Not much. Without metal, you unwind most of the tech gains from World War II and later in all fields.
Electricity. None of the electronics can be done with wood. Power generation and transmission is all metal.
Transportation: The Soviets did work out how to build a stealth aircraft using wood, competing with USA’s stealth bomber; it could fly high, but it couldn’t turn fast because of sheer forces. Automobile bodies can be done with wood (although those are mostly plastic today, not metal). Ships do well with wood… except not if you want them to take the role of airplane carriers or transporting nuclear power engines. There’s scale problems with wooden ships. Submarines can be built with wood, but to very limited depth. You are not going to have meaningful space travel (rockets) without metal.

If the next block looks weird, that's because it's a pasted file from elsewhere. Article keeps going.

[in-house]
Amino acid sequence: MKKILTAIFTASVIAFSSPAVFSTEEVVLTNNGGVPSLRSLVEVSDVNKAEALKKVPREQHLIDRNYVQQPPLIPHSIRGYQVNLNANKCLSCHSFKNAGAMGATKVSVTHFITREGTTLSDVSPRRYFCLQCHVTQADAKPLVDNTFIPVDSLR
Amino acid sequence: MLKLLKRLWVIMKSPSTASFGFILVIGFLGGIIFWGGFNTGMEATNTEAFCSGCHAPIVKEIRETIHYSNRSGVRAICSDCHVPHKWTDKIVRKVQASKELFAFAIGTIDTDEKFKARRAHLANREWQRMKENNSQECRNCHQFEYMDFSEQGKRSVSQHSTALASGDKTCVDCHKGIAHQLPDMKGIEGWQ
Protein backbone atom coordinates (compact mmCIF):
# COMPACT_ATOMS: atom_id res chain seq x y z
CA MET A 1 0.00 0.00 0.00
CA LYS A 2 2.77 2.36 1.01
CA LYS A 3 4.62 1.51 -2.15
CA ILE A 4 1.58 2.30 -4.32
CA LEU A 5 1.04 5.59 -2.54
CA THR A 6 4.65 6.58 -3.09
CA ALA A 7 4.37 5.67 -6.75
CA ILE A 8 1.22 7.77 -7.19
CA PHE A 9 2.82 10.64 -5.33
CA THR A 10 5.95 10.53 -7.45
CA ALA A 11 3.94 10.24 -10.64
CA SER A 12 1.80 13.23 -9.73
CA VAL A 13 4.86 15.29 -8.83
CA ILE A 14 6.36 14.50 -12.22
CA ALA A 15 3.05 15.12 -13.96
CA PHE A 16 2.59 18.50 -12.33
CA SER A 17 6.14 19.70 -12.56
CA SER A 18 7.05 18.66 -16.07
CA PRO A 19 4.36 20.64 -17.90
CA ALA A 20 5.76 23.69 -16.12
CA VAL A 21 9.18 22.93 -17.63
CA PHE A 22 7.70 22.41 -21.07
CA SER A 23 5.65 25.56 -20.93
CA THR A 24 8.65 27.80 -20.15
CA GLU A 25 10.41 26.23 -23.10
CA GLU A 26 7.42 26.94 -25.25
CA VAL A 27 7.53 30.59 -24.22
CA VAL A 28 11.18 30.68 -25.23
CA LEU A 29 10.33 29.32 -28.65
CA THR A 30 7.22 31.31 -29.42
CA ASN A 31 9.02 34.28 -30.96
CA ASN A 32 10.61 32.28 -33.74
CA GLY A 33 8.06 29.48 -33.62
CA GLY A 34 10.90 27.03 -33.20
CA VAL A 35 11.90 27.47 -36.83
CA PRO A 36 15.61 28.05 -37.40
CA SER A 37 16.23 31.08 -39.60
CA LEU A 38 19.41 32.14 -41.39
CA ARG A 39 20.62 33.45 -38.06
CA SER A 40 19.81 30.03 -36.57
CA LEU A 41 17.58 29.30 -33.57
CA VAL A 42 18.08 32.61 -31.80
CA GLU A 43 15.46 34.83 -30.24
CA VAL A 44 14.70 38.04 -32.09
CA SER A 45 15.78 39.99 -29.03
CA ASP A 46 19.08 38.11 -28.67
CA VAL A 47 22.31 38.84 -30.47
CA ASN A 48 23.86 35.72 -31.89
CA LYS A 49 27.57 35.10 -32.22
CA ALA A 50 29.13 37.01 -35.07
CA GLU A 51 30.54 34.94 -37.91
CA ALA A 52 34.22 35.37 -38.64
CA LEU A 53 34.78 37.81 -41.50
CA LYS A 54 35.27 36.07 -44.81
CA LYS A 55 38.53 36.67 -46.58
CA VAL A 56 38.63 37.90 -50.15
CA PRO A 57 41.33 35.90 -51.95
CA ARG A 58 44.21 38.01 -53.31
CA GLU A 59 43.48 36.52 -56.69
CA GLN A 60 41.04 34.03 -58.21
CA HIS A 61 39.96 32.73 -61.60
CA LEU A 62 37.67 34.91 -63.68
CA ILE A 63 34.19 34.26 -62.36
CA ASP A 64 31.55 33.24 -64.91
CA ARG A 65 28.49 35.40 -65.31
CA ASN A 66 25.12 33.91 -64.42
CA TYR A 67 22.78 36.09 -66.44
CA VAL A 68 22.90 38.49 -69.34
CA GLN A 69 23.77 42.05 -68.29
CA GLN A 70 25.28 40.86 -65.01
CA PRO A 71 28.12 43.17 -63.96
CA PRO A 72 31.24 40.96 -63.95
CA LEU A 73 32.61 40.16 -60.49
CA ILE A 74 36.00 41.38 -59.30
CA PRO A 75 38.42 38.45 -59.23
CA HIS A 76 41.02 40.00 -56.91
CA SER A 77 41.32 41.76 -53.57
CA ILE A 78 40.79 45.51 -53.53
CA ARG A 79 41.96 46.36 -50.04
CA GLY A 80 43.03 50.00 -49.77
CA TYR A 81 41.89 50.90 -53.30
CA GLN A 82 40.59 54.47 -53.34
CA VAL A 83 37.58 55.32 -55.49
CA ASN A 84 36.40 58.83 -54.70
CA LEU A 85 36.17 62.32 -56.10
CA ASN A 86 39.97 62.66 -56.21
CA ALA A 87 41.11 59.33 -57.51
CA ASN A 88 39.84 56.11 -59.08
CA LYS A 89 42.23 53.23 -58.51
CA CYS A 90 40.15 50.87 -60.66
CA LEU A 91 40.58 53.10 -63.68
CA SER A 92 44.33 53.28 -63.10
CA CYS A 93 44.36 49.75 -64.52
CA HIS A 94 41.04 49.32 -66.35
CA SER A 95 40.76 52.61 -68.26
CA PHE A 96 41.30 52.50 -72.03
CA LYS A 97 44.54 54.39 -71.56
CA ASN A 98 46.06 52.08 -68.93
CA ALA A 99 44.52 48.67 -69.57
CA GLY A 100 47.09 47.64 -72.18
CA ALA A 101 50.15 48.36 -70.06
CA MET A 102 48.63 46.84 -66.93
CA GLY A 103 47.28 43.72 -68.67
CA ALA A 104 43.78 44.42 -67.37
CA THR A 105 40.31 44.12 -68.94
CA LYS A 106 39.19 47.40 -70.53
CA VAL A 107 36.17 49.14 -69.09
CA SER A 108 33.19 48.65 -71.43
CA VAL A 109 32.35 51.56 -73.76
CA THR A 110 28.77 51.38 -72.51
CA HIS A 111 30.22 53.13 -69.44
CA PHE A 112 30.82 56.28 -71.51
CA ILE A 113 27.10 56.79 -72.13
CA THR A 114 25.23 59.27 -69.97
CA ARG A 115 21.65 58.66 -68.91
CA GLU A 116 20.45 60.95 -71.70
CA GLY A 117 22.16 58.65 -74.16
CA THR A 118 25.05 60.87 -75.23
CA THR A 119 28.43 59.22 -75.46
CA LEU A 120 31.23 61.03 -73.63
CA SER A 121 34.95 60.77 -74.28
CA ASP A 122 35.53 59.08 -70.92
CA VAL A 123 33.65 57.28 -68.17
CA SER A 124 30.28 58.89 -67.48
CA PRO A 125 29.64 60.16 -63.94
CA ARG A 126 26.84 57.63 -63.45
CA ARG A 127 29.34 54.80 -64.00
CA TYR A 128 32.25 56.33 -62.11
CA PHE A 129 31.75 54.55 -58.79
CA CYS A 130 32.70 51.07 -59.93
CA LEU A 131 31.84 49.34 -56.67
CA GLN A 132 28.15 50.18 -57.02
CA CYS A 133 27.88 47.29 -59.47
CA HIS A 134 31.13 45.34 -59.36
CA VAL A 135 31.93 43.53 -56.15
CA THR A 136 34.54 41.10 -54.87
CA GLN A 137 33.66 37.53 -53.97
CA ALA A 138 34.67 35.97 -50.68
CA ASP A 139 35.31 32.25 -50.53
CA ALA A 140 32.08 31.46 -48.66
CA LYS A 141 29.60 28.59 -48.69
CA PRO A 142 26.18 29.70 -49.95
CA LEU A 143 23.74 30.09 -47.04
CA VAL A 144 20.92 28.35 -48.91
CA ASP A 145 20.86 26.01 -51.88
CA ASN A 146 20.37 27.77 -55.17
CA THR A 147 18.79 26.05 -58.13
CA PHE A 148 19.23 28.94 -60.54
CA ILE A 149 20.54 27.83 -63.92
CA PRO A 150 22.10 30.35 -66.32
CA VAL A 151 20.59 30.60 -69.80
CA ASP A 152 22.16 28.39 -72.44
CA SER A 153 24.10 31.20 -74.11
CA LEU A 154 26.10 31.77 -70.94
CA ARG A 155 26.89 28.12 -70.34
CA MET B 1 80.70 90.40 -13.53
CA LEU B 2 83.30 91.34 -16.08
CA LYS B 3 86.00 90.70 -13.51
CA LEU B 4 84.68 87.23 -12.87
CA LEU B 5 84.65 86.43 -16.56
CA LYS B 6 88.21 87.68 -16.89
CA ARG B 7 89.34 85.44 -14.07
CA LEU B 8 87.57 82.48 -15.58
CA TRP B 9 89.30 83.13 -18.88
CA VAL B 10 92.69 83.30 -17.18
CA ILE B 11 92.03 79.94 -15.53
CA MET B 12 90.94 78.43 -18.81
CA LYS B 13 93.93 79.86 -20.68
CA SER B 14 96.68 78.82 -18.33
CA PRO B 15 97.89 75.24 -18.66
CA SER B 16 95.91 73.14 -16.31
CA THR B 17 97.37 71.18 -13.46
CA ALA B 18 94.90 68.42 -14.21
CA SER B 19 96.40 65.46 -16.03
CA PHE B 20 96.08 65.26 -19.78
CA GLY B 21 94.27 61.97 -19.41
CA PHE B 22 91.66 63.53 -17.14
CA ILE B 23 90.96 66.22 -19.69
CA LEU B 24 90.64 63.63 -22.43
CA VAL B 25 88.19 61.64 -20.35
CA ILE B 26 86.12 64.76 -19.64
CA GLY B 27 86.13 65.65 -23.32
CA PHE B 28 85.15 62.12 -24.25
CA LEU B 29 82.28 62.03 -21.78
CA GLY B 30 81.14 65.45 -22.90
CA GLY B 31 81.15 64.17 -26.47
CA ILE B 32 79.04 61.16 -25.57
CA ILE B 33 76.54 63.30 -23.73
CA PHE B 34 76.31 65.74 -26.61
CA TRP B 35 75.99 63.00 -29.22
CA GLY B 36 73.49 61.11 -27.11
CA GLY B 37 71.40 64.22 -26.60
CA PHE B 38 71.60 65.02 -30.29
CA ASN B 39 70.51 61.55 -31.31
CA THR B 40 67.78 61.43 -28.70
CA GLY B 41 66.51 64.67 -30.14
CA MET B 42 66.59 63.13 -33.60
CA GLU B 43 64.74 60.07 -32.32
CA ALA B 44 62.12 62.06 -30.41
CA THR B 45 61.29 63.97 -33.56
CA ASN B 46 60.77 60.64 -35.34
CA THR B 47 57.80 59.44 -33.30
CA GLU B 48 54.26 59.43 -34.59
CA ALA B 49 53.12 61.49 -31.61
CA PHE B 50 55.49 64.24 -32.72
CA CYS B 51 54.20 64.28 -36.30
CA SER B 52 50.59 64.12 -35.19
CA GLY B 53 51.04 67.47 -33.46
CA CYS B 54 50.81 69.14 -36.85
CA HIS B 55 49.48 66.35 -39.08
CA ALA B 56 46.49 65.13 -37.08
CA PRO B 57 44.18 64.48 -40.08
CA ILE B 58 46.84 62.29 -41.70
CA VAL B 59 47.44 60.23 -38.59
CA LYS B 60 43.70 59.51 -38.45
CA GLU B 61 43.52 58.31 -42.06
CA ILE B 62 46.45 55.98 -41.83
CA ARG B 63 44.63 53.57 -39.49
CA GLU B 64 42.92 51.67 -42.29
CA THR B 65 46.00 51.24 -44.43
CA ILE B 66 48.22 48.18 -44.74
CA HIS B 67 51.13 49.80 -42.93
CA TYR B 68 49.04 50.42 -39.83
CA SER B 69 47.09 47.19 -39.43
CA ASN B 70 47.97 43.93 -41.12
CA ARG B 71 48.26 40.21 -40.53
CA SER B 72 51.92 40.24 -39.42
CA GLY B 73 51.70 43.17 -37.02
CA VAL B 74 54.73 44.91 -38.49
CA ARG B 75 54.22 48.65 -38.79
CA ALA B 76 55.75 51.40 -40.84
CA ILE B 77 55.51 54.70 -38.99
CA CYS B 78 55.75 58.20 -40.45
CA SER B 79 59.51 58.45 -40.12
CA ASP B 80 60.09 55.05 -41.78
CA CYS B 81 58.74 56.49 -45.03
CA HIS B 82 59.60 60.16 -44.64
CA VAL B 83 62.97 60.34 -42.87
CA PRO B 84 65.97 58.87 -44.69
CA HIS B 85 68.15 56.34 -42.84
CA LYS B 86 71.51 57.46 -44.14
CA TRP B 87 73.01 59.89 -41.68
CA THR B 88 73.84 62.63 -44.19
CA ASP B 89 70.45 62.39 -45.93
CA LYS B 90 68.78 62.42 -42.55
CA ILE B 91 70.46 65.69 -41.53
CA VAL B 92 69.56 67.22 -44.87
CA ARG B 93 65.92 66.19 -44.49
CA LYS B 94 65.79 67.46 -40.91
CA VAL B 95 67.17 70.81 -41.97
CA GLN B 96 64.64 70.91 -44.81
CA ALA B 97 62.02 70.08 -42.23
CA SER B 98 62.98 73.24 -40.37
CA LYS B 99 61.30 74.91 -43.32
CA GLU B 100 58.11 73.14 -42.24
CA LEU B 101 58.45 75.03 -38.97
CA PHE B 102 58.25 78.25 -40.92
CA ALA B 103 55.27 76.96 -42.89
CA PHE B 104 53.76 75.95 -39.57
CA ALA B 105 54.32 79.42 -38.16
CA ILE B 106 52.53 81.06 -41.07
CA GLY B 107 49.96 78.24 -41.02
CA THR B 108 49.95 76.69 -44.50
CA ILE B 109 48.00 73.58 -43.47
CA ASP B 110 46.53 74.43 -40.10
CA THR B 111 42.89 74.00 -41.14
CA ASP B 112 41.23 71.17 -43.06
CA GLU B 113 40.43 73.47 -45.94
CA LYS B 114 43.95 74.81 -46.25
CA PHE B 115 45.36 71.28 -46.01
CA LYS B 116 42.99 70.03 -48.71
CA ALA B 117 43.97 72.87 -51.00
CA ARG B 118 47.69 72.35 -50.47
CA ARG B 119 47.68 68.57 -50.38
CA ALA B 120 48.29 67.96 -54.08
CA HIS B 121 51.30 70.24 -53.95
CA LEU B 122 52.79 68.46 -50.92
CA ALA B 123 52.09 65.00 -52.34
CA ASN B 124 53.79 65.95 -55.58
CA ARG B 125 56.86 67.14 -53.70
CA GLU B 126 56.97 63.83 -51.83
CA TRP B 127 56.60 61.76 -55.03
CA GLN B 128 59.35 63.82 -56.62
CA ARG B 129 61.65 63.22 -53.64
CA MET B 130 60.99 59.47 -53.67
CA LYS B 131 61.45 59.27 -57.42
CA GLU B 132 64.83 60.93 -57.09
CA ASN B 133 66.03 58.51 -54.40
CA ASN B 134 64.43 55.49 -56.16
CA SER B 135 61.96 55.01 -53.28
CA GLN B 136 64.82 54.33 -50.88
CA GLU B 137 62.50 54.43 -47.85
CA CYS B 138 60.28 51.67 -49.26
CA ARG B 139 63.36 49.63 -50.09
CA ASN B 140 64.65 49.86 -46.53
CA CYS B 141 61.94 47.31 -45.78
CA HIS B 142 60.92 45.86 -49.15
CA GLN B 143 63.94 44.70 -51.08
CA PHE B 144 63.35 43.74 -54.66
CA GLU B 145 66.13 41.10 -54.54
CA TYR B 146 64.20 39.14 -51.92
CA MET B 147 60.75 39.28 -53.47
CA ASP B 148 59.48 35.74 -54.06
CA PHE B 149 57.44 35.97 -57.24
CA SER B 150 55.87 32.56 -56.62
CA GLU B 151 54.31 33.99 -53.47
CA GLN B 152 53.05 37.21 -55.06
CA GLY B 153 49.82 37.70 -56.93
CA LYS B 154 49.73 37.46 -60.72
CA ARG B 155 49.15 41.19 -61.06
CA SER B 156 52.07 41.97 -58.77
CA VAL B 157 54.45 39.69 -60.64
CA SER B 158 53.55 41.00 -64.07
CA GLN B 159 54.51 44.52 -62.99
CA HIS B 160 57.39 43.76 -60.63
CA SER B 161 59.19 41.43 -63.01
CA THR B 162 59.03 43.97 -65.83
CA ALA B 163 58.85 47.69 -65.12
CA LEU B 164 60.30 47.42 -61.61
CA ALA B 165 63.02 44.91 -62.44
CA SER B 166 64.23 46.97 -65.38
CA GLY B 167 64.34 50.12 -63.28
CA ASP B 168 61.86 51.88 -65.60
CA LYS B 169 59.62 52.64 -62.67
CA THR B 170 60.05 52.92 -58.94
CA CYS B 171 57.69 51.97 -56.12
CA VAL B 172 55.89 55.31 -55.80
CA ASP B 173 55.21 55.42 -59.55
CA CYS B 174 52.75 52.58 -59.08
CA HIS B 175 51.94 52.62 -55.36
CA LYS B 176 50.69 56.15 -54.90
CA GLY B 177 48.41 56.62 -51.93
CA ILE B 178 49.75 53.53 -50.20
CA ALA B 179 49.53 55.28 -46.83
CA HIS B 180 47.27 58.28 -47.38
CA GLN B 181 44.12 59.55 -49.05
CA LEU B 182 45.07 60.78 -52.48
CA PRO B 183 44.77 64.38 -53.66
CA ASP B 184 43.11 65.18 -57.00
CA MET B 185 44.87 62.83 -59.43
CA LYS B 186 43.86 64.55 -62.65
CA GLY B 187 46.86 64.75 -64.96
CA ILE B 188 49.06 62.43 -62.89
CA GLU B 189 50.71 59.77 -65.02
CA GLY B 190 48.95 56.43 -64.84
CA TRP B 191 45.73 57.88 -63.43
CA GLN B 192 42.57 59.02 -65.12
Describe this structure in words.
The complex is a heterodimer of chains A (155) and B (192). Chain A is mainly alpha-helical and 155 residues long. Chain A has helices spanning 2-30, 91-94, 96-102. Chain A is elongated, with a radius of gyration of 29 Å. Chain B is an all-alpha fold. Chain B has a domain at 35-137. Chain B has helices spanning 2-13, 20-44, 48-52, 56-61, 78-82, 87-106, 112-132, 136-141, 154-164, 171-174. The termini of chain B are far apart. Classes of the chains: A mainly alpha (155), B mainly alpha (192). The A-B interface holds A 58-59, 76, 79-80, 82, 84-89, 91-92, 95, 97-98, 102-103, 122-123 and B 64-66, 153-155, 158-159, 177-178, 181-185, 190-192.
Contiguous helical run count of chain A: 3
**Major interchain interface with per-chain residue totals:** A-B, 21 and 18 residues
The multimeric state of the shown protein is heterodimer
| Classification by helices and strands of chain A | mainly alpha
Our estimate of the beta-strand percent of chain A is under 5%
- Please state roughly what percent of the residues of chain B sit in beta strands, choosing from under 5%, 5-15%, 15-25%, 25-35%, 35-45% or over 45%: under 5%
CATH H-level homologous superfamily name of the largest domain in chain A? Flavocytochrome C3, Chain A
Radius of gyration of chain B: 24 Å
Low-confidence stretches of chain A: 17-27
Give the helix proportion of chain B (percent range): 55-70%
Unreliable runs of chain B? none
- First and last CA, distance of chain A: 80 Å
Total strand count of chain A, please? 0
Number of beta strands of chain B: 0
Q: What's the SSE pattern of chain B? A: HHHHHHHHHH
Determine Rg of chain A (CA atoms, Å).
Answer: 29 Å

Buildings. You can’t build the dense city cores with wood — it just can’t go as tall as metal without a lot more structural reinforcement.
Medical. Modern medicine requires metal. Aside from the electronics, you have hypodermic needles (steel), splints/pins, dental implants, scalpels and other tools… the precision of metal and it’s ability to be reproduced exactly in bulk matches the demands of medicine for reproducible conditions.
Pipes. Water, oil, sewage… metal rules here. Wood gets torn up really fast in a sewage environment. Stone can build the structures, but it is just as non-renewable as metal.
Summary. Your society loses the mass agriculture, the medical advances, and the city infrastructure that make modern life possible. You lose the future of space travel without metal. You’ll lose the education infrastructure that the Internet has brought us. Focus on 19th century living for your stories.